Despite trying my absolute best to fit in, donning an all-black knee-length coat and beret look, discussing philosophical thought over an espresso and cigarette; walking around the aisles of Byron Bay Woolworths, barefoot and half-draped in sarong, sand in every crack, fresh from a dip will always be my idea of home.

I’ve been a traveller many times, but have never done the deed and lived abroad until now. Culture shock to me was when you experienced a huge difference between another culture and your own, so different that you simply break down and couldn’t go on.

“Europe isn’t that different to Australia,” I told anyone when they asked me what living abroad was like.

“Sure, it is more progressive here in Amsterdam. Everyone eats more bread and potatoes and it’s hard to escape that grrr sound made at the back of the throat rather than with the tongue (think every bus, tram, train, elevator and supermarket aisle); but on the whole, it’s fairly similar.”

Or so I thought.

I was FaceTiming a friend who had moved from Brisbane to Melbourne the other day, and she hinted at feeling the same way too.

“It’s more about the layout of the city and new spaces that you have to adjust to,” she told me. Which, I think, makes sense. Your brain physically has to alter its idea of place. Where things are, and what they mean. It’s not the same as the rather fast-paced, RGB-stimulating short-term travel that I’m used to, because there is another layer to process: this is your home. Even if temporary, it’s a long kind of temporary. Building a community with people who get you is one thing, but a geographic remodel of your cranium is another.

I guess culture shock isn’t really a clash or a big change from one’s culture at all. It’s more like adjusting and accepting a new sense of feeling at home.

The other day, another friend brought up the topic. Last year, she set herself the goal of learning five languages in five different countries. Naturally, she conquered it — being the highly ambitious girl she is — but what I really wanted to know was how she coped with all that culture shock. First up, she went to South Korea, and the culture shock (by now we should have an acronym I’ve said this word so much) set in a whopping five months after she got there. By the end of her journey, upon arriving in Tel Aviv, it hit her almost instantly.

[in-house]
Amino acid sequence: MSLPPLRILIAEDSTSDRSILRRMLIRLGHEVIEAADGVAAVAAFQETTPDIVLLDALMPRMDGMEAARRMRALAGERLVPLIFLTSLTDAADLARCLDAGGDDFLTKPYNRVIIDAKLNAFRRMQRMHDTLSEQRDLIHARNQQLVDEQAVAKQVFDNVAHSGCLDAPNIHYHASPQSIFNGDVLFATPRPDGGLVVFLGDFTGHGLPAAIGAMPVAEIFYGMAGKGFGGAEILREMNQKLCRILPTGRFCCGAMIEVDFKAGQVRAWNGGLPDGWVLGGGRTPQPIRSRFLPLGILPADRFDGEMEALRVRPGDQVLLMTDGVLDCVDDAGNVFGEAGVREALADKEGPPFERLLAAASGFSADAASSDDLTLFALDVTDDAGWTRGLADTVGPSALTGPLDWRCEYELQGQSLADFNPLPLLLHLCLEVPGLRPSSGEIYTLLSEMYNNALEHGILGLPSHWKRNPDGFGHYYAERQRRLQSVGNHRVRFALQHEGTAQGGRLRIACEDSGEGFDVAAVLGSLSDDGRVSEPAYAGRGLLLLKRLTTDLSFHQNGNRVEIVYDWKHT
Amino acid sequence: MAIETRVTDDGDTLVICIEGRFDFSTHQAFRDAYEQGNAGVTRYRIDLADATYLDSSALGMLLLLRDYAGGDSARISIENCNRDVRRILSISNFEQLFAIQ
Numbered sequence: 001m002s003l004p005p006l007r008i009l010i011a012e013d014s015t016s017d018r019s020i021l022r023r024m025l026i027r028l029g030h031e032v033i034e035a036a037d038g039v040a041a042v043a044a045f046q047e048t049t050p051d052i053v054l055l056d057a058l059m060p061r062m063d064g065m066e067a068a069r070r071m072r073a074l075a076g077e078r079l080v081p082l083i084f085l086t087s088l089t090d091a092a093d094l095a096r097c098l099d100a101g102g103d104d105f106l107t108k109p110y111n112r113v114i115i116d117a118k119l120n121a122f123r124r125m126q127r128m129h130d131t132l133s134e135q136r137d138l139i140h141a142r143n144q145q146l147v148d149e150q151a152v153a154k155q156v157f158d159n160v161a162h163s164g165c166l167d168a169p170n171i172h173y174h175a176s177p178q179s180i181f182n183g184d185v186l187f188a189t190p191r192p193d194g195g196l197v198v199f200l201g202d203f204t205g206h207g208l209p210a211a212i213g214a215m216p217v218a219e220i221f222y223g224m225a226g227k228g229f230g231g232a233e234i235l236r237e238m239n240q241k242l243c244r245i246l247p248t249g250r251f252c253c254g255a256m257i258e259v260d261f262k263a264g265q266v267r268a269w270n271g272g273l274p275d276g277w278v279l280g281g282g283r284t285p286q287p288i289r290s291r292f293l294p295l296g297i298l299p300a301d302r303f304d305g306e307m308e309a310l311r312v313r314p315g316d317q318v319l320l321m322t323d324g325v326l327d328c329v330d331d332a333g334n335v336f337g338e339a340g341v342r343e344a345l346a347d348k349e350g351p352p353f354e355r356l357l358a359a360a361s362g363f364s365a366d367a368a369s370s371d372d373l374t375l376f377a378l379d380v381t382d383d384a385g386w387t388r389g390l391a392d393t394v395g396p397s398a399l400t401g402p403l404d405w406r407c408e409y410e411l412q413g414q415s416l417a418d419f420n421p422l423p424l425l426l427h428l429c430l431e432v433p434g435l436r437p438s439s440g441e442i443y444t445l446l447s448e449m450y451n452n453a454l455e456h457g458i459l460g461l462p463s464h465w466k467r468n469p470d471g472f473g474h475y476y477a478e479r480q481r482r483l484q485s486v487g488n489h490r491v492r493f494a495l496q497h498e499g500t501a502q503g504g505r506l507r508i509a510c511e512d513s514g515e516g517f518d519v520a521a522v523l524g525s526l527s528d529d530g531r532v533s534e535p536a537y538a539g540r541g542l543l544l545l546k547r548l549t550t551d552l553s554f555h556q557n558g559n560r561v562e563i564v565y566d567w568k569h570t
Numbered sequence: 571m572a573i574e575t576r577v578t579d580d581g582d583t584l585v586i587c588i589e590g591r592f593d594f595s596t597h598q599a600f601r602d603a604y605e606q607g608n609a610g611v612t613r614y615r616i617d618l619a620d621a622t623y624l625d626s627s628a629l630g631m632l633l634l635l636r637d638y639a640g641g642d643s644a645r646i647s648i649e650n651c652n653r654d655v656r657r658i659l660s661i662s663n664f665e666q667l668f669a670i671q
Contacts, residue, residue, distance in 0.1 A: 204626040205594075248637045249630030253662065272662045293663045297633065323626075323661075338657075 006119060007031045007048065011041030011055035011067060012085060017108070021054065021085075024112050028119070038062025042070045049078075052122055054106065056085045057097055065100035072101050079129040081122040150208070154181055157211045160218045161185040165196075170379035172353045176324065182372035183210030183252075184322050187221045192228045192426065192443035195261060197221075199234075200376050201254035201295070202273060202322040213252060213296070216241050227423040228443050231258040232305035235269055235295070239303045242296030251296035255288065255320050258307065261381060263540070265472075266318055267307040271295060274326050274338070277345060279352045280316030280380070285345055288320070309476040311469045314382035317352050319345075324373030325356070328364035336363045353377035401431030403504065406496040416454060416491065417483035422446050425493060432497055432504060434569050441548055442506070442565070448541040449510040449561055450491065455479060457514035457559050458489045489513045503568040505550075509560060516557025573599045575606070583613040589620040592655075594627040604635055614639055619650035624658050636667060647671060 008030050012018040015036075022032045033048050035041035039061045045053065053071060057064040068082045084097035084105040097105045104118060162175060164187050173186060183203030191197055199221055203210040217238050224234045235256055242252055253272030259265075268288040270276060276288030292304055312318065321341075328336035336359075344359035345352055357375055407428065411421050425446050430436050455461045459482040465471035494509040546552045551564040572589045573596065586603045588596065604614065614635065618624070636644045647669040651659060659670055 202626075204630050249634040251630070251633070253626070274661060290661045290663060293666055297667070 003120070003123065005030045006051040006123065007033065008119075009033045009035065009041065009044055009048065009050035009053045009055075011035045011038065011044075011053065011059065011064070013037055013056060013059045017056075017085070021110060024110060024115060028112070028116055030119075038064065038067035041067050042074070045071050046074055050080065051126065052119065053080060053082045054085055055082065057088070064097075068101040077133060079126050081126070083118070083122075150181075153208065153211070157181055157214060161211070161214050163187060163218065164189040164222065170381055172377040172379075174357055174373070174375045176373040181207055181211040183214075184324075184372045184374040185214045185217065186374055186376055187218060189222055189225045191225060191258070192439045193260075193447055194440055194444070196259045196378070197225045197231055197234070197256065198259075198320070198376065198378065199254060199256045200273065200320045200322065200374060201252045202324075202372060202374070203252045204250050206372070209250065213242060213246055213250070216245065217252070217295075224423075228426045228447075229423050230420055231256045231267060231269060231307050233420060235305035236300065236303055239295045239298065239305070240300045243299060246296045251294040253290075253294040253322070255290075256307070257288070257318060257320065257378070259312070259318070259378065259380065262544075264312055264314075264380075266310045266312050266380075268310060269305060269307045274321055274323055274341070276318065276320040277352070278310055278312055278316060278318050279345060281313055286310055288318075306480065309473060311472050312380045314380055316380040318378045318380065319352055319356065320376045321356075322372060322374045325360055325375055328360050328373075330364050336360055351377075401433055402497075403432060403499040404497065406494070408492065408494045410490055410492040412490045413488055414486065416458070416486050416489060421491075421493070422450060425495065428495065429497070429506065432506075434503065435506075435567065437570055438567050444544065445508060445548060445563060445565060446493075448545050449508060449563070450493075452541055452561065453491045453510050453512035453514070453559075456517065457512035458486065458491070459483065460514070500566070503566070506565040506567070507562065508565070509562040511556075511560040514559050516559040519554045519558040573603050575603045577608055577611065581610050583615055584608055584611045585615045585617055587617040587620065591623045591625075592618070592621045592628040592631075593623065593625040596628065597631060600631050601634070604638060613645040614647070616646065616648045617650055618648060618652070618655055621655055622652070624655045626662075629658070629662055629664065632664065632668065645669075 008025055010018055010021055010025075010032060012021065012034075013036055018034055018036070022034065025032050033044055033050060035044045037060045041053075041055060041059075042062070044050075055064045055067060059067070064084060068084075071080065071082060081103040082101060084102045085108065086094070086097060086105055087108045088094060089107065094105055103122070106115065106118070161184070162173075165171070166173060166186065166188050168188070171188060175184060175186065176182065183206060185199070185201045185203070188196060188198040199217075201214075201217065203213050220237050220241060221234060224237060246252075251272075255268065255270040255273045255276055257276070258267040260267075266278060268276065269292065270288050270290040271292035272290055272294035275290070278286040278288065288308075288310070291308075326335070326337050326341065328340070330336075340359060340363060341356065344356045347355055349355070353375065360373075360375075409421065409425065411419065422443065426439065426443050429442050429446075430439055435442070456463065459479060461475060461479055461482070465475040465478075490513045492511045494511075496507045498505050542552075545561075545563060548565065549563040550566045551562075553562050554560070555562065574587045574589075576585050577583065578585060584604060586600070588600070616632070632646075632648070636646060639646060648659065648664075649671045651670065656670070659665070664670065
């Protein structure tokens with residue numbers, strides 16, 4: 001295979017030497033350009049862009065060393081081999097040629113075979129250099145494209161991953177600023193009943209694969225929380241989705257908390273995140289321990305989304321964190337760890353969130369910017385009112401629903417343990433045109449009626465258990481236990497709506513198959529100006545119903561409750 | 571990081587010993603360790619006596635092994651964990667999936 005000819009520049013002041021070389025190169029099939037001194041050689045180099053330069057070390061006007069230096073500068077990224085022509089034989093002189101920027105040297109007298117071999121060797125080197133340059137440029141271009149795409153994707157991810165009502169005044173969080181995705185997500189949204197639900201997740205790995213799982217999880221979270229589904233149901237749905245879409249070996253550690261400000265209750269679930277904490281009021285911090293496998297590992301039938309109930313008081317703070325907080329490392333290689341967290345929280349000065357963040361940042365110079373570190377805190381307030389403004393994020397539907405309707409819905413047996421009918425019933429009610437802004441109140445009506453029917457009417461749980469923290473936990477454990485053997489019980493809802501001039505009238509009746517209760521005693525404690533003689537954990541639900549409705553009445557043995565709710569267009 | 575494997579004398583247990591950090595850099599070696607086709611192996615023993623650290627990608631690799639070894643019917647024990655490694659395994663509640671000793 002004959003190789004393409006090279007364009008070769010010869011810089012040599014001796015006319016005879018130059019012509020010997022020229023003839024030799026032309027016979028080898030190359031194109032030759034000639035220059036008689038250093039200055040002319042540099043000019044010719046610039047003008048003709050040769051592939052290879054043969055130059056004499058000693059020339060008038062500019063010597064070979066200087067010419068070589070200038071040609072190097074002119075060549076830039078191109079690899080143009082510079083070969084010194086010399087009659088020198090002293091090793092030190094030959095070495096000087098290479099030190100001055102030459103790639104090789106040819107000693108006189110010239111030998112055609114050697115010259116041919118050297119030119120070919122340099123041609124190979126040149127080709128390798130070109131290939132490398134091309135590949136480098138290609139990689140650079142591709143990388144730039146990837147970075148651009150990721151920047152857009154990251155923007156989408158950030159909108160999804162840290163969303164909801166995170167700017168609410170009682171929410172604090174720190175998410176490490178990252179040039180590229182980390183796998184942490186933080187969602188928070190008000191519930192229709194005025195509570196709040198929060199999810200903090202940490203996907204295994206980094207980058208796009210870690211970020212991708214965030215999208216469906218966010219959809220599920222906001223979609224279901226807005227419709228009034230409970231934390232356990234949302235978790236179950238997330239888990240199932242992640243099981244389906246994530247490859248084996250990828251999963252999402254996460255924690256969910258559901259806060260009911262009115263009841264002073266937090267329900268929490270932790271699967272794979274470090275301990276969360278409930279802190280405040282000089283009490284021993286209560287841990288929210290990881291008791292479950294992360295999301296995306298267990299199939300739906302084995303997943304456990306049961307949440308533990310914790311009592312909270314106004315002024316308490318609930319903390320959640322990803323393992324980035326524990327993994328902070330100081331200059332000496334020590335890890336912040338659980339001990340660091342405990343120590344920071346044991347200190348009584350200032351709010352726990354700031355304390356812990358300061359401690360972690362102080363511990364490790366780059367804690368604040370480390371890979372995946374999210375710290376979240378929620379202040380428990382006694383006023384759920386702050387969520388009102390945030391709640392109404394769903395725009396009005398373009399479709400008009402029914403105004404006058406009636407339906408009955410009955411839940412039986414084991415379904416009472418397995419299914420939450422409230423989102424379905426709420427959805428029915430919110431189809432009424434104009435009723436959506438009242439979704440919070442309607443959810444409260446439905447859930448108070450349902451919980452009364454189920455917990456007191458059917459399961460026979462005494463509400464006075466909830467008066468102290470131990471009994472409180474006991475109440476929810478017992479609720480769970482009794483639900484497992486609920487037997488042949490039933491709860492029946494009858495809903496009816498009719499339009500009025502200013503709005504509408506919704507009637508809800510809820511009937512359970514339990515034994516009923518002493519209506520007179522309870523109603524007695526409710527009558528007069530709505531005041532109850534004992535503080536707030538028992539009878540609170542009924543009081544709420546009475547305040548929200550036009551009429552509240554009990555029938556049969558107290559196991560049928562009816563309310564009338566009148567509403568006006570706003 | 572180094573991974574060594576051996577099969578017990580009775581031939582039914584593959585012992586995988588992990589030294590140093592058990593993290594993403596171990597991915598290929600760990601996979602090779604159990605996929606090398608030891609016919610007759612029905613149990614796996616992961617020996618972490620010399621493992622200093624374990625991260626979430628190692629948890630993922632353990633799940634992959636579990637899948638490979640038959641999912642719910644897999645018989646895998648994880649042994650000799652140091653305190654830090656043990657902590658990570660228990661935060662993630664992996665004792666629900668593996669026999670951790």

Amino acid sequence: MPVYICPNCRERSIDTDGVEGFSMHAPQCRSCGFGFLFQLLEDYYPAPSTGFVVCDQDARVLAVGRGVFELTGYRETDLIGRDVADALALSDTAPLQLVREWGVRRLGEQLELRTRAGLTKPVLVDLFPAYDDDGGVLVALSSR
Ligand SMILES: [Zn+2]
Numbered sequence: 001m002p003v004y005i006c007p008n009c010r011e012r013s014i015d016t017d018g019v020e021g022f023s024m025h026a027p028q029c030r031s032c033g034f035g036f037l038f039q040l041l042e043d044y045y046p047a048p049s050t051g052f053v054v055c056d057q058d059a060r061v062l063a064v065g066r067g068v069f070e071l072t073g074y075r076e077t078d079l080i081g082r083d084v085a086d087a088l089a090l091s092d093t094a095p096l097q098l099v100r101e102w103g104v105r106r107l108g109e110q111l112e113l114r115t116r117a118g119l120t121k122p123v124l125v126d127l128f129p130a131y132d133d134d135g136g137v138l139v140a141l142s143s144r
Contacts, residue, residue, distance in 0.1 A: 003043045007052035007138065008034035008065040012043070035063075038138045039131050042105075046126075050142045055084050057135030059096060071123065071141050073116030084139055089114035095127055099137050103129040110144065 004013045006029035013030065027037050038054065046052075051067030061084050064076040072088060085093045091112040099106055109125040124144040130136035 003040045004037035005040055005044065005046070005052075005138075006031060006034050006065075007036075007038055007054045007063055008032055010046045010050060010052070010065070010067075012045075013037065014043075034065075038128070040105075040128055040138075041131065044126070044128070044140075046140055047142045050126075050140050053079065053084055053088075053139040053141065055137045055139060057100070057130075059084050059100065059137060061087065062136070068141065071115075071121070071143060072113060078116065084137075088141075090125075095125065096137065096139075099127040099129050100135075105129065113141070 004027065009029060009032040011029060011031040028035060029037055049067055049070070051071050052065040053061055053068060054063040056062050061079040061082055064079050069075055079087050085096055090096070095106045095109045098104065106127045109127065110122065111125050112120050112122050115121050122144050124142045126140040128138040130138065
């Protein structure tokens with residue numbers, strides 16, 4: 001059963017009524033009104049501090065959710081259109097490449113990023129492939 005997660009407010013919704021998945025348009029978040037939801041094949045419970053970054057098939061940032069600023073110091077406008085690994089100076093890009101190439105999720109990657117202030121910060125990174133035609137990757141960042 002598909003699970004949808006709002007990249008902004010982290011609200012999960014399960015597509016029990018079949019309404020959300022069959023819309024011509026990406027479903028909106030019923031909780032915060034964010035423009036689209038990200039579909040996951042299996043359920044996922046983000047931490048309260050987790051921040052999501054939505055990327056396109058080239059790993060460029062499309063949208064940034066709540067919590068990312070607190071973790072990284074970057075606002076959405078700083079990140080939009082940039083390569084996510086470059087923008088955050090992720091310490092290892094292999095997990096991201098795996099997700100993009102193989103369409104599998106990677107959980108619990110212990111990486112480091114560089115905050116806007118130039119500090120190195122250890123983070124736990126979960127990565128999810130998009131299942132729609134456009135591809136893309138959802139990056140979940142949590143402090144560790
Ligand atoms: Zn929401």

“Actually,” she told me over a bowl of pumpkin soup in the warmth of a foggy Dutch cafe, “I think it’s about to hit you.” It was like this witchy, tarot-reading side had brewed in her all of a sudden.

I was freaked out.

How do you know that you’ve got it when you get it? Even though it took her five months, it still seemed super ridiculous that it would take that long for me.

As I thought about it for the next few hours though — interspersed by thoughts of, Wow, my feet have never been this cold! — I realised.

I was in the midst of it.

This whole week, I’d been feeling weird, and I now had a viable answer. All the feelings were simply brewing until I could categorise them, be vulnerable and let it all out.

Hello breakdown that night over FaceTime to Mum and Dad.


Living here keeps me humble. Not many can verify my extensive rattling off of Aussie bands and music knowledge, but I’m learning so many life lessons. We can justify the phenomenon of homesickness or culture shock because it is worth the price of travel. Every traveller comes to the realisation, more or less, that we escape to test ourselves and our seemingly stable sense of identity.

We do it to experience and enjoy and wonder, of course, but that desire to learn and grow is most speedily fulfilled by living somewhere else. It’s bloody worth it, though. When you come through on the other side, more self-confident and world-savvy, more aware and enlightened, the breakdowns and tears all seem like insignificant little blimps on the horizon that is your oyster.

Photos by the author